Let's talk about Bad One. It's got great moments: the title track and "The Pro­fes­sion­al" are rockin and fun — even after five years, they're a cou­ple of the all-time great songs to lis­ten to while rid­ing a bike. The prob­lem is that, for the most part, this album is huge step away from their ear­ly, raw sound, which had a lot less Heart-esque pow­er bal­lad voice. Songs like "Milk­shake n Hon­ey," and "Bal­lad of a Lady­man" fea­ture this voice, which for me is the ele­ment of their sound that rocks the least. (It comes down to this: If Car­rie Brown­stein har­mo­nizes with Corin Tuck­er on a song, chances are that I'll like it).

I'll say some­thing nice about them: I saw them move the crowd in a seri­ous way at Dolores Park one sum­mer. Their fans were freak­ing out, and the band itself was hav­ing fun and sound­ing good — even songs I didn't like were pret­ty great. I real­ly wish their albums cap­tured this bet­ter. But like any­thing, their sound can't be all things for all peo­ple, and they seem to please some group of peo­ple every­time they put out an album, so more pow­er to them.

flickr minneapolis tip

Things to do in Minneapolis when you're cold

Flickr photo

The Twin Cities are still full of good times, espe­cial­ly when the mer­cury plunges. A cou­ple of week­ends ago, I enjoyed the chill with my friends Fish, Katie and Becky (pic­tured, in front of the new wing at the Walk­er). The highlights: 

  • Viet­namese sand­wich­es at the Jas­mine Deli on Nicol­let. Their sand­wich­es are fab­u­lous, espe­cial­ly the BBQ chicken.
  • The new and improved Walk­er. Twin Cities res­i­dents seem ambiva­lent — some love it, oth­ers are under­whelmed — but I was real­ly impressed with the way that the new wing blends into the old, and the man­ner in which they space itself still seems inti­mate and sur­pris­ing. Plus, it's open late on Fri­day nights; how great is that? The Walker's video instal­la­tions have always been great, and I was real­ly glad to catch a few moments of Jem Cohen's "Lost Book Found" and "Blood Orange Sky" as we walked through — worth read­ing: A long, detailed inter­view with Jem Cohen by Rhys Gra­ham. Also, an entire room ded­i­cat­ed to Sher­rie Levine, a cab­i­net full of Fluxus stuff (still cool after all these years of imi­ta­tors), and a great exhib­it of Huang Yong Ping that includ­ed some live spi­ders and scorpions.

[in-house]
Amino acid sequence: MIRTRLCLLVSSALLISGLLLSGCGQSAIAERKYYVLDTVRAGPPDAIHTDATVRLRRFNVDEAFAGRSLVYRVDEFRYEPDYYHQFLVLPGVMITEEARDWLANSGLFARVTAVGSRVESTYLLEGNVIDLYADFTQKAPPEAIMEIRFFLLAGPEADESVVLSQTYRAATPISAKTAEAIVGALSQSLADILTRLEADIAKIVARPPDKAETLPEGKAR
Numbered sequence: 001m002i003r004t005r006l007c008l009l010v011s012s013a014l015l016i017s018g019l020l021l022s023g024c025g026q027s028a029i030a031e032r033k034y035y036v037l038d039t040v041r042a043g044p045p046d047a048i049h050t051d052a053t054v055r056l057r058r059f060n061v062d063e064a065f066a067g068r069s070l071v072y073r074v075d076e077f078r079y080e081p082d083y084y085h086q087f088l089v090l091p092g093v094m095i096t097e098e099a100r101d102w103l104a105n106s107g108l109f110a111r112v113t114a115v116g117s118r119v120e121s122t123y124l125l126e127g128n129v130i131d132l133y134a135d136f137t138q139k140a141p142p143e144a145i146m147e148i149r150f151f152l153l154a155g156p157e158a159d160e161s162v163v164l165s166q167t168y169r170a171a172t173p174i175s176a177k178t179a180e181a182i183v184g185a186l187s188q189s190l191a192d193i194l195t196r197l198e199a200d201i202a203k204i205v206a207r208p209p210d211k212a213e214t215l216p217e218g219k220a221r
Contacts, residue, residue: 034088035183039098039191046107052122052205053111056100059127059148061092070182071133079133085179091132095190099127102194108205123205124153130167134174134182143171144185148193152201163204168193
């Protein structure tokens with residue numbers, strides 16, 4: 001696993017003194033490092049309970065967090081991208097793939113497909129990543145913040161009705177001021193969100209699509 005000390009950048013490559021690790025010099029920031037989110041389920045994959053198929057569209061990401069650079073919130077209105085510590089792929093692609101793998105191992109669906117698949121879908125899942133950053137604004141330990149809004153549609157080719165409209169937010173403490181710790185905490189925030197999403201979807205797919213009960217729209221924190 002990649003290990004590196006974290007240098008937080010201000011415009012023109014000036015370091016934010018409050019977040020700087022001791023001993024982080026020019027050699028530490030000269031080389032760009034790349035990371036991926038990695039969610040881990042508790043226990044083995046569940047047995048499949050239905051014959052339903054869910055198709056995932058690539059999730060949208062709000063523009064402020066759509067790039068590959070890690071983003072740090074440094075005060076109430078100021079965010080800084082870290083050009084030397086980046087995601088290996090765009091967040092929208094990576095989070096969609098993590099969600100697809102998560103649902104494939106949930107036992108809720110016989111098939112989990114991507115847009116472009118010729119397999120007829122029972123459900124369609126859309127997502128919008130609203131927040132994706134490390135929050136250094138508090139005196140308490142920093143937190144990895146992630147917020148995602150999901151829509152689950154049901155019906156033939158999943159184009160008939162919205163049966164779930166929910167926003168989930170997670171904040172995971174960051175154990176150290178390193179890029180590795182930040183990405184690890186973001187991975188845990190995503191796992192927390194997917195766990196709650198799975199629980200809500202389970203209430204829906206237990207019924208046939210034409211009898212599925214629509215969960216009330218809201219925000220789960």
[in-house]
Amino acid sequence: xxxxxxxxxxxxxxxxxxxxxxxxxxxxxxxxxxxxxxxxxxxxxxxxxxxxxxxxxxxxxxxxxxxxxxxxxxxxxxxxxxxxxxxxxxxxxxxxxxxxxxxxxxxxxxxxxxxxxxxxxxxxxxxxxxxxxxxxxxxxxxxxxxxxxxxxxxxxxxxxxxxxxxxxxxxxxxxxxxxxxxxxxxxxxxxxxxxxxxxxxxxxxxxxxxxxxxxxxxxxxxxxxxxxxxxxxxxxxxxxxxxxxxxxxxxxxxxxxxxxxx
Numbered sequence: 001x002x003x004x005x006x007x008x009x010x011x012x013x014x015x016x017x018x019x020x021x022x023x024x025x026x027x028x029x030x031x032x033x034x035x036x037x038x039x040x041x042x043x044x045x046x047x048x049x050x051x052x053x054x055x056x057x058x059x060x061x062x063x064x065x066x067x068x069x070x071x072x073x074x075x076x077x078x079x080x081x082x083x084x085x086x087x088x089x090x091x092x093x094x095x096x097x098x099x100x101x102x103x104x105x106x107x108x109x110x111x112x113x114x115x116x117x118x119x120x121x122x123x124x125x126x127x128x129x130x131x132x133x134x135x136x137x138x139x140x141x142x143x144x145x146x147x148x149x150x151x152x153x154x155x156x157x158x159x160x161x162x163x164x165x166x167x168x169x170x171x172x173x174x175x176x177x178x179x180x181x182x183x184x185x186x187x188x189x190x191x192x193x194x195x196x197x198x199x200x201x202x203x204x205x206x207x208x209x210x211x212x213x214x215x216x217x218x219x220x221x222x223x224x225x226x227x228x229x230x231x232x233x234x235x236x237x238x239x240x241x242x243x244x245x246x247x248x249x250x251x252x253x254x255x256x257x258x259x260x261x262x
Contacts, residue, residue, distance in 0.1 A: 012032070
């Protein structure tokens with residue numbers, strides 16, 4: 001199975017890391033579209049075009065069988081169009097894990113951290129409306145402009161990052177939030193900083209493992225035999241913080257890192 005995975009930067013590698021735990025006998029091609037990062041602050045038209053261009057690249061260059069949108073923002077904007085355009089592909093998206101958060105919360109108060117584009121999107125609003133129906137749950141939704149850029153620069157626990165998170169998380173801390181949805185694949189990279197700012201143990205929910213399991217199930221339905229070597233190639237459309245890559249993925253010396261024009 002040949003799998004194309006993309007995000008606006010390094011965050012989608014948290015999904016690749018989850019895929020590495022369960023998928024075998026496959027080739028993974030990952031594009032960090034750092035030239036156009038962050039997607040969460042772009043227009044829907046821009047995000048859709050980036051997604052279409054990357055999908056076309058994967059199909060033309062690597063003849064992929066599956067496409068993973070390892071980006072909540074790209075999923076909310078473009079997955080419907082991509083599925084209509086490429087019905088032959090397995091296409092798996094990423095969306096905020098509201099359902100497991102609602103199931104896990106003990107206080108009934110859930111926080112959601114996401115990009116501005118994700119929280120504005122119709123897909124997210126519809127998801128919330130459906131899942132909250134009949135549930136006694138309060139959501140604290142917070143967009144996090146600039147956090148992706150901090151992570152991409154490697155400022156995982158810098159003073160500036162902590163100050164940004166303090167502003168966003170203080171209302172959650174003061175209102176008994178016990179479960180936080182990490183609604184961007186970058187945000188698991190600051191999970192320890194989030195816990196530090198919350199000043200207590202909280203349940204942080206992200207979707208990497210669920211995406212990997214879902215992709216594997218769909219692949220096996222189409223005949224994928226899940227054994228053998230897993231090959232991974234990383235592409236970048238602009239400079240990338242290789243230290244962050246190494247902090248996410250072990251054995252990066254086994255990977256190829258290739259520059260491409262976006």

• Good, sol­id Mid­west­ern dish­es pre­pared Chez Panisse-style (local, organ­ic, a lit­tle French) at Auri­ga. They also serve Kona coffee.
  • Weird Nor­weigan snacks and crazy folk-art murals at Inge­bret­sons, a store that sells all sorts of Scan­dana­vian crafts and gifts. Even weird­er because it's in a some­what bombed-out part of Lake Street.
  • A lit­tle water­fall in the mid­dle of the city, Min­neha­ha Falls. Total­ly worth see­ing, espe­cial­ly in winter.
  • Fish and Katie's total­ly awe­some 60's‑style neigh­bor­hood movie the­ater, The Riverview, that shows fair­ly new movies for THREE DOLLARS. Are you kid­ding me? Plus, it has been total­ly restored, and total­ly reminds me of the hey­day of Kansas City's Glen­wood, which I think has recent­ly been gut­ted of all the 60's schmaltz.
inside art tip visual

Fresh Air interview w/ Mike Mills